New York Yankees Need Mark Teixeira to Work with Kevin Long on Hitting Righties
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Brian Cashman, call the doctor. Please.
Mark Teixeira needs Curtis Granderson treatment from Kevin Long. Well, reverse Curtis Granderson treatment, actually.
Teixeira, the New York Yankees' switch-hitting first baseman, struggled against right-handed pitching all season, hitting just .224 from the left side of the plate. As a lefty, Teixeira struck out once in every 5.5 plate appearances and homered once every 19.3.
From the right side of the dish, Teixeira hit .302 with a homer in every 14.4 plate appearances and a strikeout every 8.6. All-star numbers.
Teixeira’s .239 BABIP, a sabermetric essentially measuring a hitter’s luck, indicates his woes can be attributed to misfortune. However, the reason he appears “unlucky” is because he consistently hit right into the defensive shift designed to exploit his tendency to pull the ball as a lefty.
Almost every night, Teixeira would smoke a ball that would normally get through the 3-4 hole. Instead, the second baseman, stationed in shallow right field, would make the play to retire him.
Without having any qualms, opposing teams could consistently apply the shift because Teixeira simply could not hit the ball hard to the opposite field.
According to Fangraphs’ splits on Teixeira, the first baseman hit 58 balls to left field as a lefty. He recorded just five hits for a .086 average, his worst opposite field clip as a Yankee.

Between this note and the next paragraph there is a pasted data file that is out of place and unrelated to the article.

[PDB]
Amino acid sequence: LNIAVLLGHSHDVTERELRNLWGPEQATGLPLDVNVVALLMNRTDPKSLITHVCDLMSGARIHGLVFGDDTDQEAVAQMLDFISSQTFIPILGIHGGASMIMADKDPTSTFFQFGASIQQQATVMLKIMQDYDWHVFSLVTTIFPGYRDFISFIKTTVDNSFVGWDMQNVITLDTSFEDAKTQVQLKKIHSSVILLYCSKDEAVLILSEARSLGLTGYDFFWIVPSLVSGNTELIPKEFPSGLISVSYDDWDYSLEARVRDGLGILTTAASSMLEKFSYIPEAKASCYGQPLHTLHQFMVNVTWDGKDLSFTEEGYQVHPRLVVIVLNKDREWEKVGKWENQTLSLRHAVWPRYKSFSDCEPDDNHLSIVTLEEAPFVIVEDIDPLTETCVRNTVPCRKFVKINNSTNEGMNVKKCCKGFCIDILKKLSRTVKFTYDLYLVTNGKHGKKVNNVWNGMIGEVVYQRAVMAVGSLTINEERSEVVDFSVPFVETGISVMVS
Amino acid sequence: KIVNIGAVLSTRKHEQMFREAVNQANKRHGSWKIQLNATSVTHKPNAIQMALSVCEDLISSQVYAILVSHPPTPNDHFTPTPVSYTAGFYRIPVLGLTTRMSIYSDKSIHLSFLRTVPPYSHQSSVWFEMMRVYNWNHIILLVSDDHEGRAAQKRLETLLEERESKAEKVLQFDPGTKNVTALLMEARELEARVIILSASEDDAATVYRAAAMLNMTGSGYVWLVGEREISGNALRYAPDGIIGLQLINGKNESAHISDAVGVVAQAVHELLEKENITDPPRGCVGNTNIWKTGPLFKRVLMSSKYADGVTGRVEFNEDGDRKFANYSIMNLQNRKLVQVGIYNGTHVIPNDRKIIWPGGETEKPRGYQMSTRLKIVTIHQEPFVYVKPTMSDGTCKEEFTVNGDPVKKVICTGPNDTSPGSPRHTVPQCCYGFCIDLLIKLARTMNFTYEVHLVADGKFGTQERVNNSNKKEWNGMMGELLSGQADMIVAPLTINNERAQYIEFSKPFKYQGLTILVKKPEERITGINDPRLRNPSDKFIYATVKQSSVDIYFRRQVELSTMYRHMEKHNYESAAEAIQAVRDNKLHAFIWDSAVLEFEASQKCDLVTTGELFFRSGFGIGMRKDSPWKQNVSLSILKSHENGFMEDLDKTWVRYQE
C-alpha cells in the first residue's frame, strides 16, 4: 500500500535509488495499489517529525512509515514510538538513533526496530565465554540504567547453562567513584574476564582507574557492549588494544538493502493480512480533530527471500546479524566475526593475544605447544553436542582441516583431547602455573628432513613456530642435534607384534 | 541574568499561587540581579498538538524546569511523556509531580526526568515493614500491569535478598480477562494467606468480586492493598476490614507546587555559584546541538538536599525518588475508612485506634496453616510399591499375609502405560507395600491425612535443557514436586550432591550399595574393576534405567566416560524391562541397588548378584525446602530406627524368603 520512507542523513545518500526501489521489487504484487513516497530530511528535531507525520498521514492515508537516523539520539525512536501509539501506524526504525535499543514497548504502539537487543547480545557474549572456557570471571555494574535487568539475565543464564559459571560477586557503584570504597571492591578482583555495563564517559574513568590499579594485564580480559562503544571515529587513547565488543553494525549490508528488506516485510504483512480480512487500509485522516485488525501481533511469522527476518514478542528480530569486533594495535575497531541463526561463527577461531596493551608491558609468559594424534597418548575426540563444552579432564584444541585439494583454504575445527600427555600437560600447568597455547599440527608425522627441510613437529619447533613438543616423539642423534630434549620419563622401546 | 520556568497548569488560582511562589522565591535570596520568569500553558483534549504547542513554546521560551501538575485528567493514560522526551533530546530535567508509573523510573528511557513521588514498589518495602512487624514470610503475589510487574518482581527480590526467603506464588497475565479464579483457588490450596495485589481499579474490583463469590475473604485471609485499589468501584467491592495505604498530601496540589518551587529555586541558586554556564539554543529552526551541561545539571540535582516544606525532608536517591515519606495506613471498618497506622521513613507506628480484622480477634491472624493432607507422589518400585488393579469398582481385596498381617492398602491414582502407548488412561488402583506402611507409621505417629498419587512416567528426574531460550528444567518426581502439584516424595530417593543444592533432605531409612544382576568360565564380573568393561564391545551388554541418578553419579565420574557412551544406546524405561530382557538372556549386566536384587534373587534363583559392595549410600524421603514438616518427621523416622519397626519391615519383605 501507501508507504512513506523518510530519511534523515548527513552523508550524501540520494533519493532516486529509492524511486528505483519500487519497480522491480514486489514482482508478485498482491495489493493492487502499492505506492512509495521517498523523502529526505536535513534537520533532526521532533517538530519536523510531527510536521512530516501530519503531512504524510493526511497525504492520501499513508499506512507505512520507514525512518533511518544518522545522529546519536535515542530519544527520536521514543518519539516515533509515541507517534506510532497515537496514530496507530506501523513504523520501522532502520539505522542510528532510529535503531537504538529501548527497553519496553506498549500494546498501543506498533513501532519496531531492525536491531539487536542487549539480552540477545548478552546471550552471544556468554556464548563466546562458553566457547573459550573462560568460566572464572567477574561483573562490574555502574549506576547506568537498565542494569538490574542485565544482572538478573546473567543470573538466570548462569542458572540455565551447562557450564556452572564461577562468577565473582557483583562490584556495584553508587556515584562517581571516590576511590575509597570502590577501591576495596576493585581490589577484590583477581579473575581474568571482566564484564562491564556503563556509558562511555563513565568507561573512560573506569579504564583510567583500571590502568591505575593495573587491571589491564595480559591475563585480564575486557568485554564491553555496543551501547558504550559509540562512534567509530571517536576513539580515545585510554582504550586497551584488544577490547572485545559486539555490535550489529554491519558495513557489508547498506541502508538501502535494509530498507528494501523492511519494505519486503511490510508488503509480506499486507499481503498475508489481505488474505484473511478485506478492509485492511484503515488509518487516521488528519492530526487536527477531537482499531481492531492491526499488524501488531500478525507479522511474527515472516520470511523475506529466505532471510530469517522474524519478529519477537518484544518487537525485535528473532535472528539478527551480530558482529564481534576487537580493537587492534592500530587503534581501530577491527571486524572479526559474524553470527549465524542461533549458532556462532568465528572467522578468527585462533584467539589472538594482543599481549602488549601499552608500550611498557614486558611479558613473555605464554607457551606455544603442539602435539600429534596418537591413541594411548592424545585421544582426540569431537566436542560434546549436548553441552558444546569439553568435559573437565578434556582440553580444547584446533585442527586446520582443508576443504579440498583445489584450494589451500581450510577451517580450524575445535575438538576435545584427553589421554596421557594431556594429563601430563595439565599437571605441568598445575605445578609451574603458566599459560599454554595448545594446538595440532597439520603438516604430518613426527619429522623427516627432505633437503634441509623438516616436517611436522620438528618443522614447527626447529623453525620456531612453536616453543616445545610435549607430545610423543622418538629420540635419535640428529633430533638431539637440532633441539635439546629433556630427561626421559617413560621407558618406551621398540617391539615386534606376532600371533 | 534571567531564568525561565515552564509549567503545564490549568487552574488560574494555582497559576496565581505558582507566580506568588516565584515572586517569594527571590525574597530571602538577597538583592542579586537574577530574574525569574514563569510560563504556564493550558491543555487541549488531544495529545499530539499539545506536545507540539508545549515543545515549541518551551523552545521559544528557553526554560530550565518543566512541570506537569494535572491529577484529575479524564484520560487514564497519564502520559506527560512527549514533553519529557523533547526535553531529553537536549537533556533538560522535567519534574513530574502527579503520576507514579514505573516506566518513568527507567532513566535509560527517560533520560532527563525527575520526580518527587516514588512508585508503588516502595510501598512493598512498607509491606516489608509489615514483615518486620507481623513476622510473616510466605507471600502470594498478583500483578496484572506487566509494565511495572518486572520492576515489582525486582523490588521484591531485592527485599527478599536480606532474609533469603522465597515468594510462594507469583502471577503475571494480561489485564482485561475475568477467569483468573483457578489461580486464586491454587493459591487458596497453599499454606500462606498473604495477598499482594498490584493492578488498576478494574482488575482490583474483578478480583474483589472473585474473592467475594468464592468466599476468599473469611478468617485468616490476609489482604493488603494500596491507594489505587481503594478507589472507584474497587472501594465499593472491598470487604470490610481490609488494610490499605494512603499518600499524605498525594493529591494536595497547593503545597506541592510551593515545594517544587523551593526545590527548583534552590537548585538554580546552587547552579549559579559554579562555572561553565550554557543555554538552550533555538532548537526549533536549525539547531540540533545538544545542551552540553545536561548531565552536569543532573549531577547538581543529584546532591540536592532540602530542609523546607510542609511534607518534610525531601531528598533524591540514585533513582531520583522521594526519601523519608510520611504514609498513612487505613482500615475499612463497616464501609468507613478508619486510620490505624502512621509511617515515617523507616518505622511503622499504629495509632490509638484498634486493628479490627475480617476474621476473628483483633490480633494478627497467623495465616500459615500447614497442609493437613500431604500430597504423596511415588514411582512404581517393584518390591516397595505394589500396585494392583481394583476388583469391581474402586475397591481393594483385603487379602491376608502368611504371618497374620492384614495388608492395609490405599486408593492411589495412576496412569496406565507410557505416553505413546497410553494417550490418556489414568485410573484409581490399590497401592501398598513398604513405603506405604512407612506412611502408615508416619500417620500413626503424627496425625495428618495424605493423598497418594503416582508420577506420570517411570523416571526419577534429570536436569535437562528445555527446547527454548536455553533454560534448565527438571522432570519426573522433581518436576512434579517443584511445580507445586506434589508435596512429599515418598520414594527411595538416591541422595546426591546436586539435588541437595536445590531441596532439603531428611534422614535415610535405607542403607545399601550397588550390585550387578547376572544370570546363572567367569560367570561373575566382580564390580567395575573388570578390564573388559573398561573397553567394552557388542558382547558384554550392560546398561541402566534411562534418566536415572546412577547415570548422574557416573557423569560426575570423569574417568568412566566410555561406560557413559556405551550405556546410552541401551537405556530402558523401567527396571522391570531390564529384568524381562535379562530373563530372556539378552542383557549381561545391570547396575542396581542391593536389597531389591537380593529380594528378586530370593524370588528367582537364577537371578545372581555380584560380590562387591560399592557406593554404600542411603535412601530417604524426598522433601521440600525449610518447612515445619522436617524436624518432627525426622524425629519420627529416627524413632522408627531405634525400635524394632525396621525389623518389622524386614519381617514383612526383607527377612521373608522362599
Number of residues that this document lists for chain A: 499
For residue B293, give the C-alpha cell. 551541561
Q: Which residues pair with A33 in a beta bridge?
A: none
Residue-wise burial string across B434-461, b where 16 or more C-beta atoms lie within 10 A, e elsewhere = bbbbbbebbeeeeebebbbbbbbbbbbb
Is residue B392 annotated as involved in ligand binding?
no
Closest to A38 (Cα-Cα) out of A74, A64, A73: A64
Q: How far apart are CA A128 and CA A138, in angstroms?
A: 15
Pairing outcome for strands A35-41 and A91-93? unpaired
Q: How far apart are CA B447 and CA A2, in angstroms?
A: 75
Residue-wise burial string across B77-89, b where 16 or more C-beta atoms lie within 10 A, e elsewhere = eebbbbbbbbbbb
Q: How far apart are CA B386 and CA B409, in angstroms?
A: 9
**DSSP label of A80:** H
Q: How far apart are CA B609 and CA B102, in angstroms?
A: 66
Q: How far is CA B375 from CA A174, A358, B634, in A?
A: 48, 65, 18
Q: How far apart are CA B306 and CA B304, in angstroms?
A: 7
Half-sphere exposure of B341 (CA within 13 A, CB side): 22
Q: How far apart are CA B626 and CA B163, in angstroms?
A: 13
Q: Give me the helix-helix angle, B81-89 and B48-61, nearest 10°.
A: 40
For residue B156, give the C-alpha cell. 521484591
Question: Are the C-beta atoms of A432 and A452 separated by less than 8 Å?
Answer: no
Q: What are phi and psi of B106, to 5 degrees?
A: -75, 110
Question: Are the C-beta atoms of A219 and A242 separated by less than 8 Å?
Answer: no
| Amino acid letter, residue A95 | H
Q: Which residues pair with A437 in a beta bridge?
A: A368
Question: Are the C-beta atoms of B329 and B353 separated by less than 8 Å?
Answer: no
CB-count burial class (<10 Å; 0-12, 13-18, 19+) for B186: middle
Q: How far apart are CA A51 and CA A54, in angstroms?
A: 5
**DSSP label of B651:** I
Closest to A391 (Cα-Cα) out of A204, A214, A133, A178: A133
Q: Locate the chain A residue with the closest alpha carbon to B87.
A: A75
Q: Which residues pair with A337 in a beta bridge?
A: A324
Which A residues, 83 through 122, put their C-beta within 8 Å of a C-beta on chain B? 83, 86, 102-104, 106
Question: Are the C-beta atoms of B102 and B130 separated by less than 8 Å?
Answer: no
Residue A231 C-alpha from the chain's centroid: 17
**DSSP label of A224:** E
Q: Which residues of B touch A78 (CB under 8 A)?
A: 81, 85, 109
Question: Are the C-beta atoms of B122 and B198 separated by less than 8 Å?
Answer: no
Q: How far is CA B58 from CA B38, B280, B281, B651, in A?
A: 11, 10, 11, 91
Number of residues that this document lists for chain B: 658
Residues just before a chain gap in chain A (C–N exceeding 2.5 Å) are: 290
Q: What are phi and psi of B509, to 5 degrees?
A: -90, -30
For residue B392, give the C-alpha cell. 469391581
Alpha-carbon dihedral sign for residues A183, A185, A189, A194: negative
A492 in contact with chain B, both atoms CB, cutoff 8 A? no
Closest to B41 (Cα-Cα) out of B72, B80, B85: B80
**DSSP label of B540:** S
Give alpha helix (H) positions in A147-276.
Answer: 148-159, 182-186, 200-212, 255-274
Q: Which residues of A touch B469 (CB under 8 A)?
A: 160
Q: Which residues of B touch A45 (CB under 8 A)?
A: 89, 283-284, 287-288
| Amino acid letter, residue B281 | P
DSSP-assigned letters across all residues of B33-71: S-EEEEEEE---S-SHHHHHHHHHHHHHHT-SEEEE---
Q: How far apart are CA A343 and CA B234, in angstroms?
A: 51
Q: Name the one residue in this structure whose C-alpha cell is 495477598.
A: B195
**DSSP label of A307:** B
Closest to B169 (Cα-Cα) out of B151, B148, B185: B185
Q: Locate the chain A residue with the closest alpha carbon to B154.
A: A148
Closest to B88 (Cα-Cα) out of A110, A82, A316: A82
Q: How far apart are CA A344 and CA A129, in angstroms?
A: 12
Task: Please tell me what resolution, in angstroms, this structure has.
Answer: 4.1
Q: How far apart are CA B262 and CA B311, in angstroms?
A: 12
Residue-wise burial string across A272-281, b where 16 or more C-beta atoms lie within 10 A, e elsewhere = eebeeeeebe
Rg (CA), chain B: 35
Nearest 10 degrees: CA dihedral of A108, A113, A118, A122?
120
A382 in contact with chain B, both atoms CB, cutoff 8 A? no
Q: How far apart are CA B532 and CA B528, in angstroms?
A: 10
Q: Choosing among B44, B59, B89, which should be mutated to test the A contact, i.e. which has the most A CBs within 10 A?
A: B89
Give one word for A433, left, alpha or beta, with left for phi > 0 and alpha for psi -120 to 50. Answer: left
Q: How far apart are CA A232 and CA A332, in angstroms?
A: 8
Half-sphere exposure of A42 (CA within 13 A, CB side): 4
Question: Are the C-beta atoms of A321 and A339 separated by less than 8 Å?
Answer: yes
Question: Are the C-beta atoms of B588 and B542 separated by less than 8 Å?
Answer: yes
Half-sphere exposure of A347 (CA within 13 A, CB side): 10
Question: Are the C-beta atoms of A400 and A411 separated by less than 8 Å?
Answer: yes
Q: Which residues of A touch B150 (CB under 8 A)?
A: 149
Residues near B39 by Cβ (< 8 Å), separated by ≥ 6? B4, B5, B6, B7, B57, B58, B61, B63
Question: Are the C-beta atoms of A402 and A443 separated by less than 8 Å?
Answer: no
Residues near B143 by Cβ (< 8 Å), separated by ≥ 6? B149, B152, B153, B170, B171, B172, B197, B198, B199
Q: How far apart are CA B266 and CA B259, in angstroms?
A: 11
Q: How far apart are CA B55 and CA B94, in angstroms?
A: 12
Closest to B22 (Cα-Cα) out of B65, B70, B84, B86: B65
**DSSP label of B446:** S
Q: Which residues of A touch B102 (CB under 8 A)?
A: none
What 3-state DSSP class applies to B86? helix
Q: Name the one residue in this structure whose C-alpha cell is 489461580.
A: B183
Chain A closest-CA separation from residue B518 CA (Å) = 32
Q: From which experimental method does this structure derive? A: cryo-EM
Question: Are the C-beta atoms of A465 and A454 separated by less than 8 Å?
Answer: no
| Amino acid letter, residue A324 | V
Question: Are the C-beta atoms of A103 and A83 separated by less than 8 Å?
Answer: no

Let's put it this way: Teixeira could have made a fortune selling "cans of corn" to left fielders across the league.
Kevin Long transformed Granderson, formerly a feeble hitter against lefties, into the league’s home run leader versus southpaws. After hitting .234 with four round-trippers against lefties in 2010, Granderson hit .272 with 16 home runs in 2011.
Teixeira doesn’t necessarily need a boost in power from the left side of the plate—he did hit 24 bombs against right-handers—but Long can help the first baseman change his hitting approach to use all fields.
The potential benefits of doing so are obvious.
If Teixeira displays an ability to hit to the left side, defenses won’t risk shifting. Without the shift, Teixeira will undoubtedly earn more hits to the right side as well.
Some have been critical of Teixeira's seemingly stubborn refusal to laying a bunt down the vacant third baseline to make defenses think twice about applying a shift.
While bunting could work, it's easier said than done. Teixeira has never even successfully laid down a sacrifice bunt—not at the professional level, at least.
Learning to direct a bunt can be a challenge in little league, against pitchers throwing 60 MPH fastballs and nothing else. It's much harder when a pitcher can throw one of any four or five pitches, all of which have different velocities and movements.
Although learning to bunt would add a valuable asset to Teixeira's game, his offseason would be better spent in the cage, working against right-handed pitching and taking outside pitches to left field.
Let's face it. Even if Teixeira’s glove will still be valuable in the future—he posted an 8.6 UZR, the second-best among first basemen, this season—he’s not worth $22.5 million per year if he hits .224 against right-handers.
(Aside: even if he hit .290 against righties, could any ballplayer really be worth $22.5 million? Let's save that for another time.)
If Long, who has already fixed Granderson’s woes and helped to rejuvenate Derek Jeter’s career, can teach Teixeira to hit to the left side, the Yankees’ No. 3 hitter will be a much more intimidating pitching assignment.
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